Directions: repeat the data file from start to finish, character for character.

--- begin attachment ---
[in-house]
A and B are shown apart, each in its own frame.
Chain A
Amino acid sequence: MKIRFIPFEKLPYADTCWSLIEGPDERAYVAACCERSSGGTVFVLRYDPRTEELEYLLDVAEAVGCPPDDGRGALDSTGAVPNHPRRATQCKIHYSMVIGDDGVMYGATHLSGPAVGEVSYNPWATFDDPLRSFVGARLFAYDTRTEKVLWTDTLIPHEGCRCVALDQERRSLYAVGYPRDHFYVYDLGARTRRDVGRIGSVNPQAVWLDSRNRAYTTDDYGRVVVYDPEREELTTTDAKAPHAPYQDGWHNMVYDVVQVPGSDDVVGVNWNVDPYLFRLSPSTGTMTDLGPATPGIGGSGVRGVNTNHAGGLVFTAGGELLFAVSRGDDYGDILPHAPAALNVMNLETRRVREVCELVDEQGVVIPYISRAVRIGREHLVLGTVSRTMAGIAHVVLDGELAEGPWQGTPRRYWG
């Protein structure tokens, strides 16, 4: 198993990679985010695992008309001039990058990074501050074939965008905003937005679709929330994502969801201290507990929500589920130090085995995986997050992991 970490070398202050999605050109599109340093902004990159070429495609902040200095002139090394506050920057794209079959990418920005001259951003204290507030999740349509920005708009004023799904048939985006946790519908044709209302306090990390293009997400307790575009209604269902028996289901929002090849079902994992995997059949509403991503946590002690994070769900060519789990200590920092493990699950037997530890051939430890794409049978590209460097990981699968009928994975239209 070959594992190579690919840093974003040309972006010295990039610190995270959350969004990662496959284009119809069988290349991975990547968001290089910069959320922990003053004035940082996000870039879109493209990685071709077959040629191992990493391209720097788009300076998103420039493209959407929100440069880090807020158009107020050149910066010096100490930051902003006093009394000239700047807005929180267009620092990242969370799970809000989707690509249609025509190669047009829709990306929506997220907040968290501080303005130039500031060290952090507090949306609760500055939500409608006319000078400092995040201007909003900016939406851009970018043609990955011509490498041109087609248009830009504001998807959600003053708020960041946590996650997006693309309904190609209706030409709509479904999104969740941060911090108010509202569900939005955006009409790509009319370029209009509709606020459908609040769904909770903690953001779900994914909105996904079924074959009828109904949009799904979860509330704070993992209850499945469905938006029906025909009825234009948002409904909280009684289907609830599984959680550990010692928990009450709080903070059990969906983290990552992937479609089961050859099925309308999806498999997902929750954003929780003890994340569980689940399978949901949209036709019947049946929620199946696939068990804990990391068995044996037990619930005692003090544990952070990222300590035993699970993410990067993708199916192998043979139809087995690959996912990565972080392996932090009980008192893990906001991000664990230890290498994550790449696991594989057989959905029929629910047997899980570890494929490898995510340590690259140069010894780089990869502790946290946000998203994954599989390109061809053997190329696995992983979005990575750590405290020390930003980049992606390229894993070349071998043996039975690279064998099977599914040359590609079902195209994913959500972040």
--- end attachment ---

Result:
[in-house]
A and B are shown apart, each in its own frame.
Chain A
Amino acid sequence: MKIRFIPFEKLPYADTCWSLIEGPDERAYVAACCERSSGGTVFVLRYDPRTEELEYLLDVAEAVGCPPDDGRGALDSTGAVPNHPRRATQCKIHYSMVIGDDGVMYGATHLSGPAVGEVSYNPWATFDDPLRSFVGARLFAYDTRTEKVLWTDTLIPHEGCRCVALDQERRSLYAVGYPRDHFYVYDLGARTRRDVGRIGSVNPQAVWLDSRNRAYTTDDYGRVVVYDPEREELTTTDAKAPHAPYQDGWHNMVYDVVQVPGSDDVVGVNWNVDPYLFRLSPSTGTMTDLGPATPGIGGSGVRGVNTNHAGGLVFTAGGELLFAVSRGDDYGDILPHAPAALNVMNLETRRVREVCELVDEQGVVIPYISRAVRIGREHLVLGTVSRTMAGIAHVVLDGELAEGPWQGTPRRYWG
């Protein structure tokens, strides 16, 4: 198993990679985010695992008309001039990058990074501050074939965008905003937005679709929330994502969801201290507990929500589920130090085995995986997050992991 970490070398202050999605050109599109340093902004990159070429495609902040200095002139090394506050920057794209079959990418920005001259951003204290507030999740349509920005708009004023799904048939985006946790519908044709209302306090990390293009997400307790575009209604269902028996289901929002090849079902994992995997059949509403991503946590002690994070769900060519789990200590920092493990699950037997530890051939430890794409049978590209460097990981699968009928994975239209 070959594992190579690919840093974003040309972006010295990039610190995270959350969004990662496959284009119809069988290349991975990547968001290089910069959320922990003053004035940082996000870039879109493209990685071709077959040629191992990493391209720097788009300076998103420039493209959407929100440069880090807020158009107020050149910066010096100490930051902003006093009394000239700047807005929180267009620092990242969370799970809000989707690509249609025509190669047009829709990306929506997220907040968290501080303005130039500031060290952090507090949306609760500055939500409608006319000078400092995040201007909003900016939406851009970018043609990955011509490498041109087609248009830009504001998807959600003053708020960041946590996650997006693309309904190609209706030409709509479904999104969740941060911090108010509202569900939005955006009409790509009319370029209009509709606020459908609040769904909770903690953001779900994914909105996904079924074959009828109904949009799904979860509330704070993992209850499945469905938006029906025909009825234009948002409904909280009684289907609830599984959680550990010692928990009450709080903070059990969906983290990552992937479609089961050859099925309308999806498999997902929750954003929780003890994340569980689940399978949901949209036709019947049946929620199946696939068990804990990391068995044996037990619930005692003090544990952070990222300590035993699970993410990067993708199916192998043979139809087995690959996912990565972080392996932090009980008192893990906001991000664990230890290498994550790449696991594989057989959905029929629910047997899980570890494929490898995510340590690259140069010894780089990869502790946290946000998203994954599989390109061809053997190329696995992983979005990575750590405290020390930003980049992606390229894993070349071998043996039975690279064998099977599914040359590609079902195209994913959500972040």